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By: Anna Cheng

Euromonitor International estimates the global eyewear industry to be valued at US$114 billion in 2015. Due to the nature of eyewear, eyecare is a crucial service complementing the product. Eyecare refers to the professional service supporting the sale of eyewear products. This includes refractive and eye health diagnostics, as well as educating the consumer. This service is commonly bundled with the eyewear product which appears to be intangible to the consumer over time and is taken for granted. Consumers typically visit eyecare practitioners located in optical stores or eye clinics for their eyecare needs. Depending on individual cases, it is recommended that eyes are examined once a year.

Many consumers are unaware of the difference between refraction analysis and standard eye exams. Refraction analysis is performed by the eyecare practitioner to determine the refractive error of the eye, while a standard eye exam involves eye health screening. Eye health screening includes general eye conditions such as coordination of the eye, eye diseases such as glaucoma and cataracts. Other diseases can also be detected through an eye examination, such as high blood pressure or high cholesterol. Trained eye care practitioners are able to perform refraction analysis at the same time and detect any early signs of eye problems.

The rise of online eyecare services

Online retailing is booming due to the convenience it brings. Eyewear is no exception, but growth is at a slower than average rate. As of 2015, eyewear sold via internet retailing is valued at US$5 billion, which is 5% of the global eyewear industry.

To compliment eyewear via online retailing, manufacturers are increasingly dabbling in online eye screening services. Both Carl Zeiss and Essilor have websites to provide such services. These websites allow consumer to go through a series of basic tests to check for visual acuity, contrast vision and colour vision. However, to date, both websites do not issue prescriptions. These tests, for now, allow consumers to have a better understanding of their vision, but for more detailed tests it is still advisable to visit an eyecare practitioner.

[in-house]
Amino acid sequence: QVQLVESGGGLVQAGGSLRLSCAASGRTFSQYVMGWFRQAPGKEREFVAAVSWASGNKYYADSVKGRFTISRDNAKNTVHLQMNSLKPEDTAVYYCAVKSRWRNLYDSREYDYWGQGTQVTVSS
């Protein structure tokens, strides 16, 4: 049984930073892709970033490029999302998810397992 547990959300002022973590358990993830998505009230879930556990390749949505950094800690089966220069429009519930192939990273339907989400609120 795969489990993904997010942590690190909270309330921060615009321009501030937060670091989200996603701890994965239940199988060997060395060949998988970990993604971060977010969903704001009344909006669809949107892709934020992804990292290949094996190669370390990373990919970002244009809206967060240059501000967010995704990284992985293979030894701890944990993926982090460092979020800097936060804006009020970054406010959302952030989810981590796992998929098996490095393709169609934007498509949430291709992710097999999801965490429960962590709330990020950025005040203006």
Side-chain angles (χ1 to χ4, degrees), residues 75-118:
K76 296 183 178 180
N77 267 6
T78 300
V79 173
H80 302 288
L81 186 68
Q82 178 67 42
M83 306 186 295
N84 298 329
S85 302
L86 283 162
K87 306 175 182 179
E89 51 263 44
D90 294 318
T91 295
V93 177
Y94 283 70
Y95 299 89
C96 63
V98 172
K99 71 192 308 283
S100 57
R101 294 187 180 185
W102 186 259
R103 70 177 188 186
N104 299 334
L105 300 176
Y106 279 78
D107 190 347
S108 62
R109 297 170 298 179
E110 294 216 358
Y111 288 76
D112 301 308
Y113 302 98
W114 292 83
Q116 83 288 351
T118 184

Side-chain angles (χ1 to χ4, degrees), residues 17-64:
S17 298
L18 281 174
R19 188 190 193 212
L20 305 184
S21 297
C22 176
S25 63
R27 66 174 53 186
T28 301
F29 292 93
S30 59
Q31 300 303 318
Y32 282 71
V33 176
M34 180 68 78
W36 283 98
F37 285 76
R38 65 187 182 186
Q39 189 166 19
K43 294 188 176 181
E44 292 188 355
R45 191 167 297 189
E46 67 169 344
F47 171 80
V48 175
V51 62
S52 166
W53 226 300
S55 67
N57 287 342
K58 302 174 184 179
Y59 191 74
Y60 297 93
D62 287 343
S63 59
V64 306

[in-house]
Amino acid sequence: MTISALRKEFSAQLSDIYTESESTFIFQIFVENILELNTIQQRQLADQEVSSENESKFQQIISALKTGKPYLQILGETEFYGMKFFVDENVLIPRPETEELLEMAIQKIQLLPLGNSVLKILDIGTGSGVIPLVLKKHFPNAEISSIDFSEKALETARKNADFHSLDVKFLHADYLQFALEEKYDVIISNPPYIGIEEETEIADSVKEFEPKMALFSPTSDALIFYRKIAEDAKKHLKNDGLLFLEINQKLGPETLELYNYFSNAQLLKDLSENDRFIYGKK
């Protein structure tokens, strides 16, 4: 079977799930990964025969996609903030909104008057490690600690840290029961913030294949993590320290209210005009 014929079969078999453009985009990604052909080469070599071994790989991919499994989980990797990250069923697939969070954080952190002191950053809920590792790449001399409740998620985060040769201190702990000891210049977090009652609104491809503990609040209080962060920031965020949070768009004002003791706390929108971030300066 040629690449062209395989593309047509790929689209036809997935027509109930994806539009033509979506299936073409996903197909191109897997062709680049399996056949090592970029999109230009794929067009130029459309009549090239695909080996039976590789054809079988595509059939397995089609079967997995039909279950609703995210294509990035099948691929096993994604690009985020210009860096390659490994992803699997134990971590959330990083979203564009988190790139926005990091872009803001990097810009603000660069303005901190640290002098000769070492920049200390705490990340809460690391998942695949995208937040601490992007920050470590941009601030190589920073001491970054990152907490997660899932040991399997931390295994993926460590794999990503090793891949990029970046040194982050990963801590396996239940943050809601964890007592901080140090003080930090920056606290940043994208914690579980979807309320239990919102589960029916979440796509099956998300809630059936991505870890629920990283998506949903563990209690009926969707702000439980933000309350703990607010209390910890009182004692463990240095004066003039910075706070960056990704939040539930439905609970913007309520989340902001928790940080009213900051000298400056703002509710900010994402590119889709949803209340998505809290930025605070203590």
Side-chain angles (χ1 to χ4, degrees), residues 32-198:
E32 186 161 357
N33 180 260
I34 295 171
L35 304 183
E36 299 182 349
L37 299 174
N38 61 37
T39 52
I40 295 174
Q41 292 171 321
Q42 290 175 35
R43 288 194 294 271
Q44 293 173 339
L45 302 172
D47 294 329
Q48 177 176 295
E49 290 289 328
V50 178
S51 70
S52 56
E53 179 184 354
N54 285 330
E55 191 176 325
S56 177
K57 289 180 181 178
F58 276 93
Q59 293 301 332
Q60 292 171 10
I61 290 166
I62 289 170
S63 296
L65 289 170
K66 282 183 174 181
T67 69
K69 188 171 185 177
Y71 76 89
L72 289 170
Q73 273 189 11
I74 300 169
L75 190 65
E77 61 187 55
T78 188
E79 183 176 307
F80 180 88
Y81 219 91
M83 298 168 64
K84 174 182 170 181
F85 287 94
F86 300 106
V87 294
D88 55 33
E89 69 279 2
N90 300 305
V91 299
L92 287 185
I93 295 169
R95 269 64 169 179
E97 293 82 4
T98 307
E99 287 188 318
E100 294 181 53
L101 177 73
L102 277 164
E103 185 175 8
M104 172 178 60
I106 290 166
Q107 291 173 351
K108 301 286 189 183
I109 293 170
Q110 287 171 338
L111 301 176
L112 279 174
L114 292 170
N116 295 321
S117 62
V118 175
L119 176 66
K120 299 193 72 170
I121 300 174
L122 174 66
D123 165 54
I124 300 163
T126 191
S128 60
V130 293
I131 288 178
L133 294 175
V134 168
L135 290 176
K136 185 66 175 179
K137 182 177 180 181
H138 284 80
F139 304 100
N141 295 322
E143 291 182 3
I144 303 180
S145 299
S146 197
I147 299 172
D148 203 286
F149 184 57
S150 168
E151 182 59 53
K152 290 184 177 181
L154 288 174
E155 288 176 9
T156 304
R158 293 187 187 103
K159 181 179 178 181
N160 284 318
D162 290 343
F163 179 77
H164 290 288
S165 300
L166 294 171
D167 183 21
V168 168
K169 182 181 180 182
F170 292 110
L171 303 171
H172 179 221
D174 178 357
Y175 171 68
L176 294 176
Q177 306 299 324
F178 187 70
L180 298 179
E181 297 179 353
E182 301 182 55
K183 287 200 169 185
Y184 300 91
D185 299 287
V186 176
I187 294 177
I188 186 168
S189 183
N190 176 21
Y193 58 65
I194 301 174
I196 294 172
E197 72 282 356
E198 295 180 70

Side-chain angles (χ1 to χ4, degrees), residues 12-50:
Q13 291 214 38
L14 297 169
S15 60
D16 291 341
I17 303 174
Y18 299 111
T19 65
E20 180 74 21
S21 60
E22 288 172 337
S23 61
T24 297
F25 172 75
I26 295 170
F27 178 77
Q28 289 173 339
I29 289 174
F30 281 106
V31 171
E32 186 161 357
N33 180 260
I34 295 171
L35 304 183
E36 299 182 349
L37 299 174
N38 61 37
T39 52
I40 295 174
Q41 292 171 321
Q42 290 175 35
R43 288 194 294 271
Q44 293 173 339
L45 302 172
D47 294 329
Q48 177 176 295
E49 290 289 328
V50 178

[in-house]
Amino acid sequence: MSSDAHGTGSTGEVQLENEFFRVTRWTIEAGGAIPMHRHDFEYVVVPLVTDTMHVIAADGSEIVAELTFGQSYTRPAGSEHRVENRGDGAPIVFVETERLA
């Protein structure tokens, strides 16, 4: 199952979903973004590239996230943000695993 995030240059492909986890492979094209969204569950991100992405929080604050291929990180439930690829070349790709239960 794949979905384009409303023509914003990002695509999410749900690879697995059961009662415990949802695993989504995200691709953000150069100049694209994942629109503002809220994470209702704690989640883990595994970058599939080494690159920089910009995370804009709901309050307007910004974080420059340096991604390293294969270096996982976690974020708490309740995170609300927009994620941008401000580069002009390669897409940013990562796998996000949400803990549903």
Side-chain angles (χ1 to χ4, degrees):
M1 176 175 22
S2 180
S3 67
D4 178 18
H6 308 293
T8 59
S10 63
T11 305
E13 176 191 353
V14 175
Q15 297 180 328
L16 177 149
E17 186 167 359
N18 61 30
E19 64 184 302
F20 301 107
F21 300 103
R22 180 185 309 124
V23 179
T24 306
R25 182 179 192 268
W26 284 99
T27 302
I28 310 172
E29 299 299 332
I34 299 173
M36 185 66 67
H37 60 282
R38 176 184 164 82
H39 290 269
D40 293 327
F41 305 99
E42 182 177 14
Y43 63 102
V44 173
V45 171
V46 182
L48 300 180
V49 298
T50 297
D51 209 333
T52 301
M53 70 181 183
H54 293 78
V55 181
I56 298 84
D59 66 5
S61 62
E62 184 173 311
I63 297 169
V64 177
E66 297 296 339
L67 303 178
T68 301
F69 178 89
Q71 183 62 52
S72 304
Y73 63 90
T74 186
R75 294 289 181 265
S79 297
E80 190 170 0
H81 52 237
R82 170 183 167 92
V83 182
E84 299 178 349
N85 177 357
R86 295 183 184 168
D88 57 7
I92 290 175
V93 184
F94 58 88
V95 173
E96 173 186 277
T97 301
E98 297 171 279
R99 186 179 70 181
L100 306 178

Opternative launched its website in 2012, which allows consumers to perform refraction analysis at home. Charging between US$40-US$60, the website can issue a prescription in 10 minutes. With this prescription, the consumer can then order contact lenses or glasses online. By eliminating the need to visit an optical store, this website provides an alternate hassle-free option to consumers with busy lives.

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Source: https://www.opternative.com/

No doubt this online service is backed by clinical study, however, the accuracy of the results and the relevance of the clinical study is questionable. Firstly, a relatively small sample of the target group was involved in the clinical study. Secondly, the self exclusion clause prior to the test can easily be bypassed with a click of the button. This puts consumers with specific vision and health conditions at risk and may lead to complications in the future when eye conditions go undetected. The lack of human touch means that prescriptions could be incorrect, and consumer may not even realise the mistake until their vision worsens.

Room for improvement for online eyecare services

The current online eyewear industry is still very reliant on the compliance and knowledge of the consumer. There is a shift in responsibility from eyecare practitioners to consumers. Online eyewear is relying on consumers to provide their up to date prescriptions when buying contact lenses or spectacles, and requires them to understand their own vision and health before taking the eye test.

While it is possible to purchase eyewear online, purchasing eyecare services online is still in its infancy, as the technology and consumer acceptance are still being tested. The accuracy of such testing methods remains questionable at this point in time. Eyecare is a crucial element in purchasing eyewear; phasing out the professional eyecare practitioner may not be the ideal situation. Nonetheless, with the influx of technology, it is inevitable that we will see more businesses going online and more technological developments. It is important that eyewear finds a way to merge technology seamlessly with online retail channels and the expertise of eyecare practitioners.

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